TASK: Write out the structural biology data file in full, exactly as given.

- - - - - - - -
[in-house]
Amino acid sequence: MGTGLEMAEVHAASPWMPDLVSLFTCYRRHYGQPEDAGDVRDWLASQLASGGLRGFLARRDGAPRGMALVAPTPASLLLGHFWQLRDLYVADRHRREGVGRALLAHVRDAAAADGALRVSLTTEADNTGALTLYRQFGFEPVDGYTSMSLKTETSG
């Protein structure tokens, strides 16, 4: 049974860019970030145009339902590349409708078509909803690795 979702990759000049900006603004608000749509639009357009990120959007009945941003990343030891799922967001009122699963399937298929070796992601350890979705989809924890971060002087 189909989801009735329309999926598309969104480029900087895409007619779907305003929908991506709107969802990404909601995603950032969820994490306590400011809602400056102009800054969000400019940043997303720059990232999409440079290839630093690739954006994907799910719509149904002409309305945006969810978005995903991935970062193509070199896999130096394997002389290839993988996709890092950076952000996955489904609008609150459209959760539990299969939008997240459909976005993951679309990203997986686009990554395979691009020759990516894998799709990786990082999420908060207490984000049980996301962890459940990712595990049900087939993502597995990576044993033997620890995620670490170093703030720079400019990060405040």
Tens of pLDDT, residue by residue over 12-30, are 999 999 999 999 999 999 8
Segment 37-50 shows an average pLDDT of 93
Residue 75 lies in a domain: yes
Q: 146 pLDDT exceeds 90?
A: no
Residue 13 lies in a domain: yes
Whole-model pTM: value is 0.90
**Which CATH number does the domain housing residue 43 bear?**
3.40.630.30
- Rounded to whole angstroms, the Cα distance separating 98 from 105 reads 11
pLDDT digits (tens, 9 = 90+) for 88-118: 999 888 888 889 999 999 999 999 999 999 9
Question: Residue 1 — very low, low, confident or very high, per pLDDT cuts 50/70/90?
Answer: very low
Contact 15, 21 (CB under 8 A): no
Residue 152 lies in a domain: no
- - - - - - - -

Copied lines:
[in-house]
Amino acid sequence: MGTGLEMAEVHAASPWMPDLVSLFTCYRRHYGQPEDAGDVRDWLASQLASGGLRGFLARRDGAPRGMALVAPTPASLLLGHFWQLRDLYVADRHRREGVGRALLAHVRDAAAADGALRVSLTTEADNTGALTLYRQFGFEPVDGYTSMSLKTETSG
């Protein structure tokens, strides 16, 4: 049974860019970030145009339902590349409708078509909803690795 979702990759000049900006603004608000749509639009357009990120959007009945941003990343030891799922967001009122699963399937298929070796992601350890979705989809924890971060002087 189909989801009735329309999926598309969104480029900087895409007619779907305003929908991506709107969802990404909601995603950032969820994490306590400011809602400056102009800054969000400019940043997303720059990232999409440079290839630093690739954006994907799910719509149904002409309305945006969810978005995903991935970062193509070199896999130096394997002389290839993988996709890092950076952000996955489904609008609150459209959760539990299969939008997240459909976005993951679309990203997986686009990554395979691009020759990516894998799709990786990082999420908060207490984000049980996301962890459940990712595990049900087939993502597995990576044993033997620890995620670490170093703030720079400019990060405040």
Tens of pLDDT, residue by residue over 12-30, are 999 999 999 999 999 999 8
Segment 37-50 shows an average pLDDT of 93
Residue 75 lies in a domain: yes
Q: 146 pLDDT exceeds 90?
A: no
Residue 13 lies in a domain: yes
Whole-model pTM: value is 0.90
**Which CATH number does the domain housing residue 43 bear?**
3.40.630.30
- Rounded to whole angstroms, the Cα distance separating 98 from 105 reads 11
pLDDT digits (tens, 9 = 90+) for 88-118: 999 888 888 889 999 999 999 999 999 999 9
Question: Residue 1 — very low, low, confident or very high, per pLDDT cuts 50/70/90?
Answer: very low
Contact 15, 21 (CB under 8 A): no
Residue 152 lies in a domain: no